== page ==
During the Civil War, Cherokee County provided 15 companies of infantry and two cavalry units to the Confederate Army. The Nineteenth Alabama Calvary was composed almost entirely of Cherokee County volunteers who fought under General Joe Wheeler. The area became a major supplier of iron ore to the Confederacy during the war. Stroup Furnace at Round Mountain and Rock Run Furnace near Bluffton were both destroyed by the Union Army but were reopened after the war. In 1862, Cornwall Furnace was built near the town of Cedar Bluff. Constructed of limestone from the nearby Coosa River, the 35-foot-high furnace was the first such facility to supply iron for the casting of Confederate cannons during the Civil War. Union General William Tecumseh Sherman twice ordered the furnace destroyed in 1864, but it still stands in its original location. Ironically, the general founded Tecumseh Furnace in the area after the war's end.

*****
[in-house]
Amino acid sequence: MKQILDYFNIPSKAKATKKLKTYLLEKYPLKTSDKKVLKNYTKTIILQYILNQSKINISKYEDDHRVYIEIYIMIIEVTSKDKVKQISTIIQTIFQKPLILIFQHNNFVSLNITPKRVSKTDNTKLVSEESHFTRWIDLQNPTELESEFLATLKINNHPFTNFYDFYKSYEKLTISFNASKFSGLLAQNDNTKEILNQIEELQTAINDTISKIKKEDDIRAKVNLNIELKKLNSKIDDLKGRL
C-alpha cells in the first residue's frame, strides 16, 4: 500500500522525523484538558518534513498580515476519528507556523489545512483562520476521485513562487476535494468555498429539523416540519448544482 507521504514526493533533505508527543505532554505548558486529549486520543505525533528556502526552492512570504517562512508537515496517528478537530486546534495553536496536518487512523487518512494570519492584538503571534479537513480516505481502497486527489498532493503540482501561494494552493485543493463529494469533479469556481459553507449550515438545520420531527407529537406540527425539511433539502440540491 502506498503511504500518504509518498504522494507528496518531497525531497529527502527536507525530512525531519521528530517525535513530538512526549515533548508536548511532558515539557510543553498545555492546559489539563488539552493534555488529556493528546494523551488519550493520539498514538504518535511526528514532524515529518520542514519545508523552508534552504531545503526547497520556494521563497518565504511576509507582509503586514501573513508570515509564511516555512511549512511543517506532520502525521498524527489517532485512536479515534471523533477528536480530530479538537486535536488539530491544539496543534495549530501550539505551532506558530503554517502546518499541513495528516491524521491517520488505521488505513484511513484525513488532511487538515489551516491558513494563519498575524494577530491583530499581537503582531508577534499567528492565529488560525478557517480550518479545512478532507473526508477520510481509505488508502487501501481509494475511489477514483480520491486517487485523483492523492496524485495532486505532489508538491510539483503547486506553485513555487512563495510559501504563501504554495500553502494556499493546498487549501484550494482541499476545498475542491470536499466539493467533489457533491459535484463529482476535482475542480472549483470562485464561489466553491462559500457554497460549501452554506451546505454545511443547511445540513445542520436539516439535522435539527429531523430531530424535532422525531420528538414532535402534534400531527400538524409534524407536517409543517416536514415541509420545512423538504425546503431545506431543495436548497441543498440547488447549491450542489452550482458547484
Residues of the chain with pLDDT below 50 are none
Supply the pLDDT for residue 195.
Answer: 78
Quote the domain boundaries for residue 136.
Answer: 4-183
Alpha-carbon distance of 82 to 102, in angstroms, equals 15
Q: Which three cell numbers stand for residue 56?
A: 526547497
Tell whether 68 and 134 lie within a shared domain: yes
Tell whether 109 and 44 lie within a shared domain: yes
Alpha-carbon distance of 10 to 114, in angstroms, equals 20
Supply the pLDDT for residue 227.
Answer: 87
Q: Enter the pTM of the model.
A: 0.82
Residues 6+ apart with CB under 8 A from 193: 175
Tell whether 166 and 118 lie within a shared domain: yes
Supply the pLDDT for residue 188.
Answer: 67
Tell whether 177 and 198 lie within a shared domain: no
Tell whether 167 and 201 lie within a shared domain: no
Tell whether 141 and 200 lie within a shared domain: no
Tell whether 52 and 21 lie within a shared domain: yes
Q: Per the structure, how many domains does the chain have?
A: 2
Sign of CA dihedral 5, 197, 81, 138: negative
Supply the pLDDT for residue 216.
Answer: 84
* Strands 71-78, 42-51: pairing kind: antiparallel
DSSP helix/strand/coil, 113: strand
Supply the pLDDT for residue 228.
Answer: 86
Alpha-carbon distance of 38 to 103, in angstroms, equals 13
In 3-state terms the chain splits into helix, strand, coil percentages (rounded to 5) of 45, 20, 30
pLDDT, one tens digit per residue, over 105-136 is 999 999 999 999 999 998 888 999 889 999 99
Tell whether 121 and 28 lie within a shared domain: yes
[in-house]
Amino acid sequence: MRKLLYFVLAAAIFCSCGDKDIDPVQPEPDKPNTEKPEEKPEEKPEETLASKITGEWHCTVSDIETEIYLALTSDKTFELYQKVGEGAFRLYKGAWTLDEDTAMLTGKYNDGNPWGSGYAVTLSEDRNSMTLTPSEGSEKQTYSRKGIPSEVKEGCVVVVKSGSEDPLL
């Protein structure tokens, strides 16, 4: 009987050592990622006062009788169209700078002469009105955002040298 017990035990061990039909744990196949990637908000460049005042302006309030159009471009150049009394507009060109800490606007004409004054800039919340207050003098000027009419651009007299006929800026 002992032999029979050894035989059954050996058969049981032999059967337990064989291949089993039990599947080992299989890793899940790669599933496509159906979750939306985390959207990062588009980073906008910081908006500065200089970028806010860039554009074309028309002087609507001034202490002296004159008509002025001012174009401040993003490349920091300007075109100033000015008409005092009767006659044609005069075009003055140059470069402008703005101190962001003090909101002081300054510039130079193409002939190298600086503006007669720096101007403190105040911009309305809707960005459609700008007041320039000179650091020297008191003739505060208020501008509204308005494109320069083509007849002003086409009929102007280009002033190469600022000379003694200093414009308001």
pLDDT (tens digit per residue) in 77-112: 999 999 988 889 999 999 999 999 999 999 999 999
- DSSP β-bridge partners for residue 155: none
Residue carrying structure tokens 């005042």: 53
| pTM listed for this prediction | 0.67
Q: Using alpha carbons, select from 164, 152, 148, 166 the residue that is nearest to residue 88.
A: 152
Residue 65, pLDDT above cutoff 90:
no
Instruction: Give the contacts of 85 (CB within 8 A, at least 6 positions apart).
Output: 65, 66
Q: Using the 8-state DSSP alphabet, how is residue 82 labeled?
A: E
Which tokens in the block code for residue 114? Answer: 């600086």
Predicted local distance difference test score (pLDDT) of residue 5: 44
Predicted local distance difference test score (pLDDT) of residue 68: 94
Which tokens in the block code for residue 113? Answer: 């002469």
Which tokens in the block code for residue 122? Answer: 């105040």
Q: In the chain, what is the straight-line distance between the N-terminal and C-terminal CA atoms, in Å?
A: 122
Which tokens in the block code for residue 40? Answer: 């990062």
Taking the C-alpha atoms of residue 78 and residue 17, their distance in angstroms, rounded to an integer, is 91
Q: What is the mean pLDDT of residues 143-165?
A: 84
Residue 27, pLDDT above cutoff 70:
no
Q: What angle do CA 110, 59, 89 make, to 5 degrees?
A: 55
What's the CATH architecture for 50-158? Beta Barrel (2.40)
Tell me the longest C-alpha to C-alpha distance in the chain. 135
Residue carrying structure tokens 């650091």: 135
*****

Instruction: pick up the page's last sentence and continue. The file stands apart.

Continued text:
In 1870, Gaylesville Academy, founded in Gaylesville, became the first school in northeast Alabama. In 1882, the Cherokee County town of Cedar Bluff became the first municipality in the nation to enact a prohibition law. The Ellis Brothers Seed Company, established in 1912 to process and distribute cottonseed, brought additional commerce to the area. In 1937, the Tennessee Valley Authority established the Cherokee Electric Authority in Centre to provide electricity to the surrounding region. In 1961, Alabama Power dammed the Coosa River to create Weiss Lake, one of the most popular waterways in the state; the dam incorporated a hydroelectric plant, providing additional electrical power to the area.